Frequently asked questions about How To Make Gomboc – Hungarian Dumplings
- Can I substitute Russet potatoes in the gomboc recipe? Yes. We happened to have Yukon gold on hand.
- Can I use left over mashed potatoes to make gomboc? Some sources say yes and some say no. We usually add cream to our mashed potatoes and maybe too much salt. Cream isn’t called for and the amount of salt we use in mashed potatoes might not taste so good in a dessert.
- What can I use if I don’t have a ricer? I’ve read a masher would work, but I have never tried it when making the gomboc dough.
- Can I use other fruits besides apricots? I asked my MIL why she used apricot while the majority of recipes online and in books used plum and she said it simply came down to availability. Depending on the stone fruits available to you, plums, apricots, pluots, peaches, cherries, it can be fun to experiment to your tastes.
- What do you serve with gomboc? My husband said they grew up eating gomboc a pinto bean soup that had dill. I would imagine a kholrabi soup would also work. I personally like to eat gomboc warmed up for breakfast along with my coffee!
Thanks for reading! If you want to save this recipe for later, pin the image below. Have you ever tried gomboc or other variation? Let me know in the comments.
Pin How To Make Gomboc – Hungarian Dumplings for later!
Like I said, I am not food blogger, so you won’t find too many recipes here. I do have lots of home and garden ideas you can check out though!
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Marie, this looks decadent and delicious! This is definitely one to try! Love that it came inspired by your family.
Thank you! After one of my great aunts passed & some recipes lost with her, I really wanted to make sure my husband’s family recipes stay alive. And of course I enjoy eating them ☺️
This is something I never heard of and is different.
Pinning to my recipe board. Thanks for sharing.
Hope you get a chance to try them! They are one of my favorite summer desserts.
Oh, I love these! My German Mother-in-Law makes them for us – we are having them on the weekend! No one refuses an invite when these are on the menu!
How cool! Arent they a treat? I’m curious to know what fruit she uses. Enjoy!
I have never heard of this before but it looks DELICIOUS!!!! I am pinning this to my recipe board to give it a try:)
They are so tasty and I look forward to them every year! Thanks so much. Have a great week!
Oh my gosh, these look so yummy. I found that when I lived in Canada, I missed the NZ food too. It made me homesick so I spent a lot of time cooking (and getting fatter). I will pin this for later.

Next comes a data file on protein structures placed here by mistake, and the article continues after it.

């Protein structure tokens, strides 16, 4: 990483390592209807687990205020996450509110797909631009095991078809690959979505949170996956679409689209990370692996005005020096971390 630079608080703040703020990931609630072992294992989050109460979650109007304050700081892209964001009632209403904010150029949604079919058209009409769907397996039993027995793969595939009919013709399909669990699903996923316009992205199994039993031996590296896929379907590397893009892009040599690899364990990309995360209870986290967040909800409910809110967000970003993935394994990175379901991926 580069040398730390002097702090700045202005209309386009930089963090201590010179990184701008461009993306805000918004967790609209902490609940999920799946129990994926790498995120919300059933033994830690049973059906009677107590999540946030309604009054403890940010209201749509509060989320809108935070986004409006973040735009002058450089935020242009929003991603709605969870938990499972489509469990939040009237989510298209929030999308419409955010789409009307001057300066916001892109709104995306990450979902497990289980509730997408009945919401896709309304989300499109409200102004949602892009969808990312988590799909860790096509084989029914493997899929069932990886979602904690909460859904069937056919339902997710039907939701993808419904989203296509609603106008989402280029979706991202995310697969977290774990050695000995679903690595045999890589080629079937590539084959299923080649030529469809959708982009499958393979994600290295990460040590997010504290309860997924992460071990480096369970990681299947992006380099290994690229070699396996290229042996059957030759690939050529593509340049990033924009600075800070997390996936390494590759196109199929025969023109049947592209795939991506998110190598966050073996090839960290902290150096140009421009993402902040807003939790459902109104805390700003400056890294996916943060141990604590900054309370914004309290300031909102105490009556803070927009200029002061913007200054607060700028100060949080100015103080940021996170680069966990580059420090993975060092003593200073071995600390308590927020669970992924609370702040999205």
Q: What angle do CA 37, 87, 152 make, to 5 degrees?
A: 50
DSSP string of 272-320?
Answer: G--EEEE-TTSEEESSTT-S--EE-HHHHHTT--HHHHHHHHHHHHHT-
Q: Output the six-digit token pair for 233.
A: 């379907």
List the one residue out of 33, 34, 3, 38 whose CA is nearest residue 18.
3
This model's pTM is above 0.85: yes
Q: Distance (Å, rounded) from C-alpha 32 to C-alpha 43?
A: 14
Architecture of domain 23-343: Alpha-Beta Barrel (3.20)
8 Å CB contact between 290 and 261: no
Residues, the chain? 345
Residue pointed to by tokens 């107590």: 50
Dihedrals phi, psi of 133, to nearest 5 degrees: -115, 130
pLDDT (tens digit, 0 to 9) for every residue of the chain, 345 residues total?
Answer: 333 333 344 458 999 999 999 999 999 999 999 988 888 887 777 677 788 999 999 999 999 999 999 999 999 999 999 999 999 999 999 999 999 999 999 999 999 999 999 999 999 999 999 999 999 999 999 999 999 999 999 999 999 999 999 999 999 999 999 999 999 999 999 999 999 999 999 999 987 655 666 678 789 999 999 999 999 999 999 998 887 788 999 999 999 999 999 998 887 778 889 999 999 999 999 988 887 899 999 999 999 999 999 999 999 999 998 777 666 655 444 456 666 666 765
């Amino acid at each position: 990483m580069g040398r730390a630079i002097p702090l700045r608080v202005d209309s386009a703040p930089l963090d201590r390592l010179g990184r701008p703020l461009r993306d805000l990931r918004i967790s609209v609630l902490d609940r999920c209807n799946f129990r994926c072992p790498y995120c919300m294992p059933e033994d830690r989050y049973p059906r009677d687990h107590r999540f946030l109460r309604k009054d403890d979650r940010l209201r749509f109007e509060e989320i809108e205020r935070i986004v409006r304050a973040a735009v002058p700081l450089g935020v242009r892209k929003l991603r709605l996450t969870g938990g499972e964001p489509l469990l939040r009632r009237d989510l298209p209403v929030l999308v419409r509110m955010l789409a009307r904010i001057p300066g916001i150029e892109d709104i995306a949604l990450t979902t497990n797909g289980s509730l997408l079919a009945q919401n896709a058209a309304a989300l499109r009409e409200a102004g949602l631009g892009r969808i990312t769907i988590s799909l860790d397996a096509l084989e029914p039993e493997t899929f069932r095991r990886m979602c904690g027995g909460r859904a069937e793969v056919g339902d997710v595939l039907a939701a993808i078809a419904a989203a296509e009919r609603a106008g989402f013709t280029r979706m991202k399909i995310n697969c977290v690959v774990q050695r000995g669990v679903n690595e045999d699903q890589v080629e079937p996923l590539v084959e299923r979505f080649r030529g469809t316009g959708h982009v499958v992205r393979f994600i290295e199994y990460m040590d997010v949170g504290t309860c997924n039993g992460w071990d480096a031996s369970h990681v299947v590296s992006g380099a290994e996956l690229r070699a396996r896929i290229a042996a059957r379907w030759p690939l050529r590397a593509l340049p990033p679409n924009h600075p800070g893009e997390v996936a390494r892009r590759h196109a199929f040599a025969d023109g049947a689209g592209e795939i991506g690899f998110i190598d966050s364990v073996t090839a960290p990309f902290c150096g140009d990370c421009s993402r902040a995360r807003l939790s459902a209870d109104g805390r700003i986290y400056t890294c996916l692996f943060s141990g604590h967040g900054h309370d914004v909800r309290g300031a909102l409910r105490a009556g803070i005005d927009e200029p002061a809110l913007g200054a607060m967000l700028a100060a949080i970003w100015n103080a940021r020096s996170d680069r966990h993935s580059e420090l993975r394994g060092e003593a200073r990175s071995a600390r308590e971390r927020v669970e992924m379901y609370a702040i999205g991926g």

Haha yes, I do feel like I’ve gained weight from cold weather cooking/baking & the homesick meals. Thank you!
These look so good! I can’t wait to make them.
Hope you do try! They are tasty 😊
Oh, I’ve never heard of these before, but they look great! Off to pin so I can try to make my own.
They are such a treat and it’s fun to try different stone fruits 😊
These look incredible! I’ll have to try making some soon. Thanks for sharing 🤗
Thanks for saying so! Even my 4 year old loves them!
I’ve never heard of this. The flavors sound so interesting!
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This recipe looks amazing!
Thanks! A yummy family tradition I’m happy to carry on 🧡
Dumplings and fruit?? Omgoodness that sounds sooooo good! Pinned!
These are an annual family tradition that I’m so happy I married into 😄 Thanks for reading!
I’ve never heard of gomboc before but it sounds delicious. I’ll have to try it.
If I never met my husband and his family, I would never have known what they are either! Thanks for stopping by!
I can’t wait to share this with my son in law. He was a missionary in Hungary for two years and loves all things Hungarian! This sounds delicious!
Oh my goodness! That is amazing! I still have never visited. We need to bring my son to meet the few relatives who remain there. So happy you stopped by!
This sounds amazing, I must try them!
Thanks for stopping by! Hope you do try them!
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Thank you so much for sharing this. My Mum used to make them with pitted prunes.It’s many years since I have eaten them as she stopped cooking for herself some years ago and passed away recently. I can still taste them and the texture was wonderful. We usually had them after a meal of homemeade soup.
I’m so happy to hear this! Sentimental dishes are my favorite. My husband said his mom would make a bean soup for dinner followed by these. I hope you can try the recipe 🧡 Thanks for reading and commenting.